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Updated on November 8, 2023
5 min read

What to Expect During Dental Cleanings

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If you dread going to the dentist, you’re not alone. Dental work can be stressful for many people, even if it’s just a routine cleaning. In 2019, 34% of adults hadn’t visited the dentist in the past year.1

Knowing what to expect from a typical dental cleaning can decrease your anxiety. Routine teeth cleaning, or prophylaxis teeth cleaning, typically includes the following steps:

  • Examination of your teeth, gums, and mouth
  • Professional cleaning
  • Fluoride treatment

A dental hygienist will perform each step of the cleaning. Your dentist may also examine your mouth when the hygienist finishes.

What is a Prophylaxis Teeth Cleaning?

A prophylaxis dental cleaning is the most common type of teeth cleaning a dental hygienist does. It usually takes 45 to 60 minutes.

Dentists recommend you get this procedure every six months for preventative care. Regular dental cleanings are essential to:

  • Maintain good oral health
  • Prevent gum disease
  • Stop the progression of tooth decay
  • Provide education on oral hygiene

What Happens During a Prophylaxis Teeth Cleaning?

A dental hygienist will perform the prophylaxis teeth cleaning. Once done, your dentist may also assess your oral health.

Here’s what to expect when you go in for a prophylaxis dental cleaning:

Step 1: Oral Examination

First, your dental hygienist will examine your teeth and gums. They’ll use an instrument called an explorer to look for signs of:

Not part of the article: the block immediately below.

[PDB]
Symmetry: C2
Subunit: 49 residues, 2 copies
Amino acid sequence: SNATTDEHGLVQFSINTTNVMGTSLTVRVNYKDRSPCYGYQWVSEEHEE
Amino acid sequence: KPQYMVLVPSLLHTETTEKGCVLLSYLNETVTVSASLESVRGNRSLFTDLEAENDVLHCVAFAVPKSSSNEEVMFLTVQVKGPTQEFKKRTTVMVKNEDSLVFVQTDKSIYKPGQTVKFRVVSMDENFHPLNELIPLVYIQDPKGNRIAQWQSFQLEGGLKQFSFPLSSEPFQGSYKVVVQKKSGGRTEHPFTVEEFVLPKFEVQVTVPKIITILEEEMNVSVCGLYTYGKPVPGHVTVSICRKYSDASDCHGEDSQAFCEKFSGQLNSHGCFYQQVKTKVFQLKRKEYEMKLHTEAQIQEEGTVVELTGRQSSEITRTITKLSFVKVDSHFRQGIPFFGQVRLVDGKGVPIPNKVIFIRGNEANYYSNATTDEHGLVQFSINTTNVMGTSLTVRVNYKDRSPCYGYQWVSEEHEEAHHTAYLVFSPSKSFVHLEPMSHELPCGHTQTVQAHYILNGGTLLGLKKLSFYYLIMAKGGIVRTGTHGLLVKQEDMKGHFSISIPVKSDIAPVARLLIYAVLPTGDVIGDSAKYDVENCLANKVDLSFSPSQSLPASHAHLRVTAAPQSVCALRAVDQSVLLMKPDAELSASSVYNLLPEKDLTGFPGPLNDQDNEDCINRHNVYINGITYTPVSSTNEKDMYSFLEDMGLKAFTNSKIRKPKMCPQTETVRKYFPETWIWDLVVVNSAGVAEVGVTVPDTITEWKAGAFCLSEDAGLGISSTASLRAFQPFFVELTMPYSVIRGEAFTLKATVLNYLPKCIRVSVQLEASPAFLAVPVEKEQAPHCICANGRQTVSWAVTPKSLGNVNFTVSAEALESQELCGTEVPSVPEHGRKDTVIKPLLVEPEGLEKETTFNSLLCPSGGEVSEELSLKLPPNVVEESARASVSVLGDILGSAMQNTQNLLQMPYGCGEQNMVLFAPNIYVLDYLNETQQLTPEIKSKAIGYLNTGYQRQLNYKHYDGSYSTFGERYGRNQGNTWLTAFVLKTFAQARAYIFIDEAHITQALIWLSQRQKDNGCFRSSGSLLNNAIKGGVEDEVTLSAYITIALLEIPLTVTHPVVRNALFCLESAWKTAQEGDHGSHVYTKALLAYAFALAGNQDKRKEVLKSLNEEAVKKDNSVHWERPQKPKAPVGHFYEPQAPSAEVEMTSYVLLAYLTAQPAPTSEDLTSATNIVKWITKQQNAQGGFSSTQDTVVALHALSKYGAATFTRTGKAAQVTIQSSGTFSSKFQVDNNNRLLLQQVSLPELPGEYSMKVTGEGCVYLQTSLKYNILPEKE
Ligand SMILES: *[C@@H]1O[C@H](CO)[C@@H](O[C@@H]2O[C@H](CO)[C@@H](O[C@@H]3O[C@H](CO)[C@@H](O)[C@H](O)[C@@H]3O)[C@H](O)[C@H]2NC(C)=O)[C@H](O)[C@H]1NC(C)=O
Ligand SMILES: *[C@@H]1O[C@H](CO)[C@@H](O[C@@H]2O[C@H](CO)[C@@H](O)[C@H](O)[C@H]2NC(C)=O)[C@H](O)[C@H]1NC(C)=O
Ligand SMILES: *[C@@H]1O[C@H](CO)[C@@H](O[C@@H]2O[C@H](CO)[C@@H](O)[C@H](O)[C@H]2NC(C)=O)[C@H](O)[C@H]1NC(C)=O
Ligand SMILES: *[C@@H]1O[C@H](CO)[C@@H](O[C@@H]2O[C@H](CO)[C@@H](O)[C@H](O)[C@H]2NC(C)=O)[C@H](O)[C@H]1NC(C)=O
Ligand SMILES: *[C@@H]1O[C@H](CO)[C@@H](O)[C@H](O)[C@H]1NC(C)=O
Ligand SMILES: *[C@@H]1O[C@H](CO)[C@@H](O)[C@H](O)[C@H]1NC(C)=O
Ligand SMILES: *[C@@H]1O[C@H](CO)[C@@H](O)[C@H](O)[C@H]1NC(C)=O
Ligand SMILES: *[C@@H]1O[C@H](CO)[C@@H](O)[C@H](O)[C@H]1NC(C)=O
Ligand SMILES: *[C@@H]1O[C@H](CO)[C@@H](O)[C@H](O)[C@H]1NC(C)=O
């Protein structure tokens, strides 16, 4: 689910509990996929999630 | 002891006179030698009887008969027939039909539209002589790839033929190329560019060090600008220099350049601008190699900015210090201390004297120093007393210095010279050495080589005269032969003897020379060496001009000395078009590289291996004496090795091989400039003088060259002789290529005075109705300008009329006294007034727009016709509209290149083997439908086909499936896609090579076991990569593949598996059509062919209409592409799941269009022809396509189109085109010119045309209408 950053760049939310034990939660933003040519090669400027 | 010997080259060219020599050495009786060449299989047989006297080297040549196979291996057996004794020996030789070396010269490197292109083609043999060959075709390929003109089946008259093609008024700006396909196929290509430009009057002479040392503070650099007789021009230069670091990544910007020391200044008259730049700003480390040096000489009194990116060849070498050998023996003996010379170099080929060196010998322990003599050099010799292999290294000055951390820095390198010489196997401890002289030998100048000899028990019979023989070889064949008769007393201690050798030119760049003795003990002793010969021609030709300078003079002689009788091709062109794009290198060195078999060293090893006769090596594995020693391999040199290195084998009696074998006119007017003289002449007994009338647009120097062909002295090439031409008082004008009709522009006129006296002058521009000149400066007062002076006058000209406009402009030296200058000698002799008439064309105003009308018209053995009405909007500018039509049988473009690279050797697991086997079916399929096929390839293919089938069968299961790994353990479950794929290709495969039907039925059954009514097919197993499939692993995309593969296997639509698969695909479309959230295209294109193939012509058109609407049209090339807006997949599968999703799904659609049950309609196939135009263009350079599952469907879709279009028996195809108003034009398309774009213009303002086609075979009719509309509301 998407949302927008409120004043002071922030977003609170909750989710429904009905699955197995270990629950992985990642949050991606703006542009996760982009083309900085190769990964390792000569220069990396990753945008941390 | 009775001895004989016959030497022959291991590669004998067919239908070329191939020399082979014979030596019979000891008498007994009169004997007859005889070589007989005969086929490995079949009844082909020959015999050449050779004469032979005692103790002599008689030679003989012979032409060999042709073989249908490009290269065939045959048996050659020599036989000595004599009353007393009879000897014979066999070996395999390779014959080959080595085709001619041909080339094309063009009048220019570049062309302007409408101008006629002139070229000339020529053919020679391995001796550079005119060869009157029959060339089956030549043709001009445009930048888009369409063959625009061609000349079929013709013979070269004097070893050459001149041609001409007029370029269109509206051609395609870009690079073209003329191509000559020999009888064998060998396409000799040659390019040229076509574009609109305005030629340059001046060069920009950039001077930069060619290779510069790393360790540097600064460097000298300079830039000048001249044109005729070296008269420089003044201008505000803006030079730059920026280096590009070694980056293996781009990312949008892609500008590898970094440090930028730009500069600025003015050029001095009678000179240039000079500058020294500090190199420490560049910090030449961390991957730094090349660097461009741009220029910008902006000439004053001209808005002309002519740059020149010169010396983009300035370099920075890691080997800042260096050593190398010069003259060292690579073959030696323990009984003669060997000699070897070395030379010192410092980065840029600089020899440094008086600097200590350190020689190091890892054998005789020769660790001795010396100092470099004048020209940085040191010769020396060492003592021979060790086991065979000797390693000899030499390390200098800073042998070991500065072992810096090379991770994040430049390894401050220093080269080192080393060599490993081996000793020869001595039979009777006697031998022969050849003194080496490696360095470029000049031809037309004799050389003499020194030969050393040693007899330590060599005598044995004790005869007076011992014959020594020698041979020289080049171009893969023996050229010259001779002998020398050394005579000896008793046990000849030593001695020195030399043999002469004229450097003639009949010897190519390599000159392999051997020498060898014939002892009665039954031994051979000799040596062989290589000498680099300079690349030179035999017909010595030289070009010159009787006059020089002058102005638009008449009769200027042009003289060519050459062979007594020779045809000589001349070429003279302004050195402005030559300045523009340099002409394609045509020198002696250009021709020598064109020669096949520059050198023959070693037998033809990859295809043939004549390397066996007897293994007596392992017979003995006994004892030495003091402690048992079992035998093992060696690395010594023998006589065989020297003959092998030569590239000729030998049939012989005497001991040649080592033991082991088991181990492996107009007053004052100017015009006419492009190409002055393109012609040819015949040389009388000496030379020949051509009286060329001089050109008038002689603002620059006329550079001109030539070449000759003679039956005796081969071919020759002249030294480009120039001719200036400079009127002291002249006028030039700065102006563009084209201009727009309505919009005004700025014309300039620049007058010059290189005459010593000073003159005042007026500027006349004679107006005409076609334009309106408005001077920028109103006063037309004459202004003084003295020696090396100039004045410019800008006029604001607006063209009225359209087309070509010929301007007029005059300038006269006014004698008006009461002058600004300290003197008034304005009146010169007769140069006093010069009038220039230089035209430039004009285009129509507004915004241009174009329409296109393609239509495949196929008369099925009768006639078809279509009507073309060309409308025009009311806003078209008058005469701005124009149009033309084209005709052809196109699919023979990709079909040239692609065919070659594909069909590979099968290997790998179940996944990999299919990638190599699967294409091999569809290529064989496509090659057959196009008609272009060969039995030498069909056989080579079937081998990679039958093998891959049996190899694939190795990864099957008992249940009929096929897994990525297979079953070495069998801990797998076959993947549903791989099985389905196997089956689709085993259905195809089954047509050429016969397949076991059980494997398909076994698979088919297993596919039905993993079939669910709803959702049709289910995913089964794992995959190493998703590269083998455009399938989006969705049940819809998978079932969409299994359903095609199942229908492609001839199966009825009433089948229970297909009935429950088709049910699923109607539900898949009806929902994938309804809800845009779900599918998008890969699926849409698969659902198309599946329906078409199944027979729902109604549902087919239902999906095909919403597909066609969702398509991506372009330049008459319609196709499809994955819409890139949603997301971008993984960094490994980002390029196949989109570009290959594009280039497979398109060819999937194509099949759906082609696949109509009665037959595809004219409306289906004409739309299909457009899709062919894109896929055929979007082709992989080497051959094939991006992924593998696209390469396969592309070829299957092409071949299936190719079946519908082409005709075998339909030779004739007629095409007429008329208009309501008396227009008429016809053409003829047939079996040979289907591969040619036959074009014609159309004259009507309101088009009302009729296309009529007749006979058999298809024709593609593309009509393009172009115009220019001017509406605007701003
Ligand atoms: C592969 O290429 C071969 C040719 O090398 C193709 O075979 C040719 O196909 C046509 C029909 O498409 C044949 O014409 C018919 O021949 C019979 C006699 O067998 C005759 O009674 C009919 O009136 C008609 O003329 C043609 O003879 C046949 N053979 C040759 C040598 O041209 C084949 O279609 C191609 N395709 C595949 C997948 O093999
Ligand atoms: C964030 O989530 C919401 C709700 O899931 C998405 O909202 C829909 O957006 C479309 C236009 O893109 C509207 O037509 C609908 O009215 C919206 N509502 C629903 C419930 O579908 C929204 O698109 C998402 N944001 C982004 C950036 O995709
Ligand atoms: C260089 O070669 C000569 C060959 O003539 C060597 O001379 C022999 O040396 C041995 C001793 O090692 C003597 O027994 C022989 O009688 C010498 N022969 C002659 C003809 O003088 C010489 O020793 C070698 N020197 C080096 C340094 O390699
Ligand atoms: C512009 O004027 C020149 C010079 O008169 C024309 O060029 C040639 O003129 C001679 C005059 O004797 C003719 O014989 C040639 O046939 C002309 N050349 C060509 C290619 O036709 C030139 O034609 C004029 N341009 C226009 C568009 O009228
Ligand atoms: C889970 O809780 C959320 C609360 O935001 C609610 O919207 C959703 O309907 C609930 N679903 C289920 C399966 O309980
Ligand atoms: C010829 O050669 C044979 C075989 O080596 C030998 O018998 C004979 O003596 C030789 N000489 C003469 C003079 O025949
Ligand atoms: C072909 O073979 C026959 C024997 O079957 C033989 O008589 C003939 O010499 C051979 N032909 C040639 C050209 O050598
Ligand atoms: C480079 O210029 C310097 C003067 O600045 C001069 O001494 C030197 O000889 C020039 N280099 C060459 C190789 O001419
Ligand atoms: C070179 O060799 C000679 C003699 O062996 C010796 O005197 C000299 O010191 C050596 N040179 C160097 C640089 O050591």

• Tooth decay
  • Gum disease
  • Plaque and tartar buildup
  • Problems at the tooth roots
  • Orthodontic or bite issues
  • Other potential oral health issues

The hygienist will also examine your head and neck for abnormalities like cancer. If they find anything unusual during the exam, they'll recommend treatment or a consultation with the dentist. 

Step 2: Plaque and Tartar Removal

After the exam, the dental hygienist will remove plaque and tartar from your teeth and gums. 

Plaque is a sticky film that forms in your mouth from bacteria and food particles. Without proper cleaning, it can harden into tartar, which you can only remove at the dentist’s office. 

Your dental hygienist will use a dental scraper or scaler to remove built-up tartar. They may also use an ultrasonic scaler, which uses water flow and vibrates at high speeds.

Step 3: Prophy Polishing

Next, your dental hygienist will polish and floss your teeth expertly. They will use a prophy cup and tooth polishing pastes.

The polishing paste may feel gritty because it’s supposed to scrub and polish your teeth. The prophy cup will remove lingering plaque and extrinsic stains.

After polishing your teeth with the prophy cup, your hygienist will use dental floss to perform an interdental cleaning and remove any residual prophy paste between your teeth.

Step 4: Rinsing

After polishing and flossing, your hygienist will thoroughly rinse your mouth to remove leftover particles. The rinse may include water or a liquid fluoride mixture.

Step 5: Fluoride Treatment

The final step in your prophylaxis dental cleaning is when the hygienist applies fluoride to your teeth. Fluoride is a naturally occurring mineral that strengthens enamel and protects teeth from decay. 

Not every cleaning will include fluoride. For example, if you’re an adult with healthy teeth who gets regular check-ups, you may not need fluoride treatment for cleaning.

Step 6: Dental Exam